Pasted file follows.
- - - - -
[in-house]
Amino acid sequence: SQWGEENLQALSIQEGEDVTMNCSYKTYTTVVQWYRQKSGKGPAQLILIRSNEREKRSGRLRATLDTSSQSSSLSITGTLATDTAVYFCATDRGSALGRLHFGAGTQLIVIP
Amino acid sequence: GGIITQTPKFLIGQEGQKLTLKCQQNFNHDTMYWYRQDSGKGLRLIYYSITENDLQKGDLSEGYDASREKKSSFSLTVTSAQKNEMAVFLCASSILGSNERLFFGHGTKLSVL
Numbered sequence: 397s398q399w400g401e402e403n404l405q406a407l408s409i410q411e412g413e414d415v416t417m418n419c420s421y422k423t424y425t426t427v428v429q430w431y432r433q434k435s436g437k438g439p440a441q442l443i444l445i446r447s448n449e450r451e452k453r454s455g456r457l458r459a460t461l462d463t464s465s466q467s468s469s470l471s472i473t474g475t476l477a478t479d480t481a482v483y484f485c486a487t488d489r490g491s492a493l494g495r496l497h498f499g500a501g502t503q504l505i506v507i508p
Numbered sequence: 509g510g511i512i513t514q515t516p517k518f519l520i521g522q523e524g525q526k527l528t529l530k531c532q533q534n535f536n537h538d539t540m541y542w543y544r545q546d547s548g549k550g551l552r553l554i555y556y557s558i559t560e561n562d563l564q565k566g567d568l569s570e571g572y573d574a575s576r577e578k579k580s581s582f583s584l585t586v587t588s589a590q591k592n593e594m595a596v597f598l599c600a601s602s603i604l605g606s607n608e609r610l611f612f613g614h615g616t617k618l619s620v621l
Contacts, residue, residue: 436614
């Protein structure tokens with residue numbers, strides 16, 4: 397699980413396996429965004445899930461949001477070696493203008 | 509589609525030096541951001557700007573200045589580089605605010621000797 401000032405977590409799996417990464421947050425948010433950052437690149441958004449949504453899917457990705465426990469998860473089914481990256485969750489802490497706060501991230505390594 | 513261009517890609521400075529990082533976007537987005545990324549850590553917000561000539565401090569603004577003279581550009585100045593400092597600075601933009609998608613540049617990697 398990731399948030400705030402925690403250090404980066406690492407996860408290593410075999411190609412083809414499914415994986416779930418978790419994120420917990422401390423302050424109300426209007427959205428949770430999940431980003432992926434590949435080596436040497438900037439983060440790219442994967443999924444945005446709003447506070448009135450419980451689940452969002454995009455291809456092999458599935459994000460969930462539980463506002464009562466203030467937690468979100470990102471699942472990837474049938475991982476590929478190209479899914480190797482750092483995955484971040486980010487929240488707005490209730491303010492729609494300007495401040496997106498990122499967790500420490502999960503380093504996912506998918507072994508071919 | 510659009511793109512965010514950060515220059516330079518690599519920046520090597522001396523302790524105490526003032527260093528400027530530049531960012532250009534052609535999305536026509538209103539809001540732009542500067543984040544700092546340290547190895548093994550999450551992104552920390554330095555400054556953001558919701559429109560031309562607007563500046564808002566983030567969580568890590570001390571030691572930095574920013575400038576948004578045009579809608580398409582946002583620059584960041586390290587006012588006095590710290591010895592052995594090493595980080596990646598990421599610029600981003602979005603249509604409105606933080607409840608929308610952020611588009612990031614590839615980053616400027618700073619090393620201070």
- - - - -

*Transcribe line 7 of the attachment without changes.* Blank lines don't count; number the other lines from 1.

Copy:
């Protein structure tokens with residue numbers, strides 16, 4: 397699980413396996429965004445899930461949001477070696493203008 | 509589609525030096541951001557700007573200045589580089605605010621000797 401000032405977590409799996417990464421947050425948010433950052437690149441958004449949504453899917457990705465426990469998860473089914481990256485969750489802490497706060501991230505390594 | 513261009517890609521400075529990082533976007537987005545990324549850590553917000561000539565401090569603004577003279581550009585100045593400092597600075601933009609998608613540049617990697 398990731399948030400705030402925690403250090404980066406690492407996860408290593410075999411190609412083809414499914415994986416779930418978790419994120420917990422401390423302050424109300426209007427959205428949770430999940431980003432992926434590949435080596436040497438900037439983060440790219442994967443999924444945005446709003447506070448009135450419980451689940452969002454995009455291809456092999458599935459994000460969930462539980463506002464009562466203030467937690468979100470990102471699942472990837474049938475991982476590929478190209479899914480190797482750092483995955484971040486980010487929240488707005490209730491303010492729609494300007495401040496997106498990122499967790500420490502999960503380093504996912506998918507072994508071919 | 510659009511793109512965010514950060515220059516330079518690599519920046520090597522001396523302790524105490526003032527260093528400027530530049531960012532250009534052609535999305536026509538209103539809001540732009542500067543984040544700092546340290547190895548093994550999450551992104552920390554330095555400054556953001558919701559429109560031309562607007563500046564808002566983030567969580568890590570001390571030691572930095574920013575400038576948004578045009579809608580398409582946002583620059584960041586390290587006012588006095590710290591010895592052995594090493595980080596990646598990421599610029600981003602979005603249509604409105606933080607409840608929308610952020611588009612990031614590839615980053616400027618700073619090393620201070």